By dropping Kenny Miller and overloading the midfield, Levein tried to stifle the Czech Republic but it backfired as soon as Roman Hubnik headed the hosts into a lead from Tomas Rosicky's corner on the hour. Stifled by their own tactics, Scotland had little chance of fighting their way back into the match with only half an hour left.

“Are there any regrets? No. I still say it was the best way to go about this match. We have lost and people can say that if we played one striker or two we would have won the match, but I don't agree with that," was Levein's analysis following the loss but such negativity hung over the Scottish game and now, a year later, threatens to be the result that could cost Scotland a place in the playoffs.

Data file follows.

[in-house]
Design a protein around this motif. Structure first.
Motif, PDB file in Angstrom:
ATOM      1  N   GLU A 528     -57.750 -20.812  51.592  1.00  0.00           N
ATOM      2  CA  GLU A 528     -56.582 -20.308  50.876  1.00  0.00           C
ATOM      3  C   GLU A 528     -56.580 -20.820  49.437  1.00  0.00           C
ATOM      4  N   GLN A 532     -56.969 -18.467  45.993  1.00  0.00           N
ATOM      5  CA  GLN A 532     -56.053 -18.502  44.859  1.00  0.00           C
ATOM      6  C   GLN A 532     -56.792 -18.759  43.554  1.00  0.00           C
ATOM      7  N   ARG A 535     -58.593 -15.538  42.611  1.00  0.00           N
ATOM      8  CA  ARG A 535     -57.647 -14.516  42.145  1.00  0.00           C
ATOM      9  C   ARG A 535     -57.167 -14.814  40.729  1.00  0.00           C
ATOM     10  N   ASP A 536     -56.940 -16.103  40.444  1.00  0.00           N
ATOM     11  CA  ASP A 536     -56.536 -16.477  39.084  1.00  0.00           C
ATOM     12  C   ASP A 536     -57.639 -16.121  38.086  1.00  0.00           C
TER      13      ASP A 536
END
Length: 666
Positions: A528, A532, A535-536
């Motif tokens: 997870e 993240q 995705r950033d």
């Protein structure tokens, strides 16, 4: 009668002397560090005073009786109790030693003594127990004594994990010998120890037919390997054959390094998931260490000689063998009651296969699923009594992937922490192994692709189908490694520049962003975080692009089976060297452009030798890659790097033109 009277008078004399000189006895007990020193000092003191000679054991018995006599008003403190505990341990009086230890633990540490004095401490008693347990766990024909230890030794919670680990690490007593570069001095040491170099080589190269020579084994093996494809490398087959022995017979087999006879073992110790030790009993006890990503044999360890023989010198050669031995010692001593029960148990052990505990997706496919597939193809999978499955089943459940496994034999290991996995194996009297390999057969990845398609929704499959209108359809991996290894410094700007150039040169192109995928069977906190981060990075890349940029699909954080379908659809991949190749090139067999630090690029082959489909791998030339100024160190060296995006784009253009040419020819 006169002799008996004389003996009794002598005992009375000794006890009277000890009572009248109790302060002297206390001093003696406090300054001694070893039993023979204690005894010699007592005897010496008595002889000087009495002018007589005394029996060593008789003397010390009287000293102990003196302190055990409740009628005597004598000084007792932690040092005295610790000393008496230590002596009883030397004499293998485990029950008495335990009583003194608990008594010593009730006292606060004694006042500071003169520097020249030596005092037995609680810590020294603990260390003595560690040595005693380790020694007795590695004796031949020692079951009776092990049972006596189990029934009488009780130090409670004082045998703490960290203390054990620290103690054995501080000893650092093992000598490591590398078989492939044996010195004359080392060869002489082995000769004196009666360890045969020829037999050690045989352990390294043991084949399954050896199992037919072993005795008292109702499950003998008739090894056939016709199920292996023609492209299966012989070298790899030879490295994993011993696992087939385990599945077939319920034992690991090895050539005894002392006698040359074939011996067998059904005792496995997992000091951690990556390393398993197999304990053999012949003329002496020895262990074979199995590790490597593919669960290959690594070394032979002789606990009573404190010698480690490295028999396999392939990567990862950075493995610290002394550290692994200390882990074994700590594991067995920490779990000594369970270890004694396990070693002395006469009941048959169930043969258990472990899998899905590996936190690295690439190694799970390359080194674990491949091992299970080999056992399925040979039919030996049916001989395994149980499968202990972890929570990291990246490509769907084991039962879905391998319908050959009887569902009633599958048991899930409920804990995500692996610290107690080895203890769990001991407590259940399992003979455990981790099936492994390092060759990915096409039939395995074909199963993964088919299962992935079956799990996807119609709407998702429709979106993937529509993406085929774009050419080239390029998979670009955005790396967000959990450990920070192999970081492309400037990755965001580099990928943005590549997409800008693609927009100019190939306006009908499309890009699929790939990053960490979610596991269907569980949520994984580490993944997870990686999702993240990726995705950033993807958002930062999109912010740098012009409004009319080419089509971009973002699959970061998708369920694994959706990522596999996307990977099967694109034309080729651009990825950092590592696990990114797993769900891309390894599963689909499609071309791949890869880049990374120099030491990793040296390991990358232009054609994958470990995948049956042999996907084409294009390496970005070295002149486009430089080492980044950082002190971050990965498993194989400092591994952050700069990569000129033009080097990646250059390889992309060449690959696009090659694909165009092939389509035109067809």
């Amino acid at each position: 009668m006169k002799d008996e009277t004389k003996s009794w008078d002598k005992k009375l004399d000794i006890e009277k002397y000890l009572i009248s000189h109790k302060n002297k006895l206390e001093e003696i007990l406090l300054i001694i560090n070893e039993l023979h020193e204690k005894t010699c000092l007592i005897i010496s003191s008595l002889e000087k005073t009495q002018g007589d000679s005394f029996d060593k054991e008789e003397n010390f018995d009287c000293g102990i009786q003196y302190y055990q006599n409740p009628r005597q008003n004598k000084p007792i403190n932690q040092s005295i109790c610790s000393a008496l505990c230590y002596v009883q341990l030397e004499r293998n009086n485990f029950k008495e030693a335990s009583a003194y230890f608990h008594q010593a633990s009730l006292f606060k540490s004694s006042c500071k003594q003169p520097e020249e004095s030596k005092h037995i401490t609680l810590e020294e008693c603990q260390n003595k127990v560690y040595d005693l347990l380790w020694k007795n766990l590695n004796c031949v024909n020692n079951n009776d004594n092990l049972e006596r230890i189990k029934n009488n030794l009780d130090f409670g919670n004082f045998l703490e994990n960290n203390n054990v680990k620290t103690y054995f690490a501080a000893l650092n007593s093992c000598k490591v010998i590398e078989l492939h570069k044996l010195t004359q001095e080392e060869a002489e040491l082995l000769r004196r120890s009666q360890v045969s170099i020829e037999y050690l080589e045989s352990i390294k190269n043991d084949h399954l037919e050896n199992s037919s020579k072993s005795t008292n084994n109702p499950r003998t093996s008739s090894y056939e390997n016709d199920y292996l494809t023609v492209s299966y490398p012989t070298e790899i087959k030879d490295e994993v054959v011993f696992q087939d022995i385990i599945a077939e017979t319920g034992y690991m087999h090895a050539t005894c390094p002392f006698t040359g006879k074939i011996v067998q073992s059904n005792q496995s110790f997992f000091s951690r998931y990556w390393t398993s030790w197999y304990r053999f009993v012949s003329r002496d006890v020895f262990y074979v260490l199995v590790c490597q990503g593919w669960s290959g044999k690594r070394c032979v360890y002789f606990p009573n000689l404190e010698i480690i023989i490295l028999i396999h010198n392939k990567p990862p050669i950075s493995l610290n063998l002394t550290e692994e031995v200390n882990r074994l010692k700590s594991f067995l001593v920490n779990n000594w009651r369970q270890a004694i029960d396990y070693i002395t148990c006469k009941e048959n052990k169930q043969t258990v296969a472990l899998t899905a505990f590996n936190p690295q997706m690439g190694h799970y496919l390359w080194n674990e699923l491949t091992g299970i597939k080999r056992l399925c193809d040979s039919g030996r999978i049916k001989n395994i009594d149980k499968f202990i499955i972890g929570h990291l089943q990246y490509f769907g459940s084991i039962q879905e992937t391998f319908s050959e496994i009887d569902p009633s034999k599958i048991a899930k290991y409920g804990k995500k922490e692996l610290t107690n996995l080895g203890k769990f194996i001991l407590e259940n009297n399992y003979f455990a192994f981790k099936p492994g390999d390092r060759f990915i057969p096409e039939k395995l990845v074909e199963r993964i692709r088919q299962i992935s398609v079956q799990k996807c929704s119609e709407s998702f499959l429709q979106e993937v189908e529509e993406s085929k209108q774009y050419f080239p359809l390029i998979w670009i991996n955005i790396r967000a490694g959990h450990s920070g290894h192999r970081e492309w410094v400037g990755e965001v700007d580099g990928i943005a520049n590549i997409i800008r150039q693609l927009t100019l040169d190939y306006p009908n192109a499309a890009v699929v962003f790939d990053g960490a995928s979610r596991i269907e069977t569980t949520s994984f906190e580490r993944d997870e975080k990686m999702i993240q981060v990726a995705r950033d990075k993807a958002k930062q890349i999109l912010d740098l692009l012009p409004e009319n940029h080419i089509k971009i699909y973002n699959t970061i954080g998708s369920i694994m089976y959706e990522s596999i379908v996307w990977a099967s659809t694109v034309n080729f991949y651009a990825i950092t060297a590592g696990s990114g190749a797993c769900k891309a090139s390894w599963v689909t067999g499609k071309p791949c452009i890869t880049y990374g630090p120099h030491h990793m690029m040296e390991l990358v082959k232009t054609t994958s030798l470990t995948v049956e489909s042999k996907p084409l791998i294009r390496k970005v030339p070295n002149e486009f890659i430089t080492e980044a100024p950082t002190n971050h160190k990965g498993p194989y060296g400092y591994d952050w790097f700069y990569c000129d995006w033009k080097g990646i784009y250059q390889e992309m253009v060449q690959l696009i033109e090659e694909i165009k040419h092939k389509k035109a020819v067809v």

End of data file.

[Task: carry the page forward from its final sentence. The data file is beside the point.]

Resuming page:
If Scotland fail to make the playoffs, that night in Prague will rank alongside a 2-2 draw at home to 10-man Belgium in 2001 and a lifeless defeat in Georgia in 2007 as costing the nation a chance to end a generation-long exile from major tournament finals.


The key fact for Scotland as they head into Tuesday night's match is this: at least match the Czech Republic's result against Lithuania and they'll be in the playoffs.

With Levein's men on 11 points and the Czechs on 10, a repeat of Lithuania's 1-0 win in Prague last year will mean that Spain can win by however many they like and Scotland would still be in the playoffs.

The Fifa rankings are of course viewed with understanding suspicion, but having sat second in May 2006, the Czechs are now placed 40th, only one place ahead of Burkina Faso. Indeed, they are still above the Scots but with only two wins from nine in 2011, Bilek's side are a shadow of their former selves.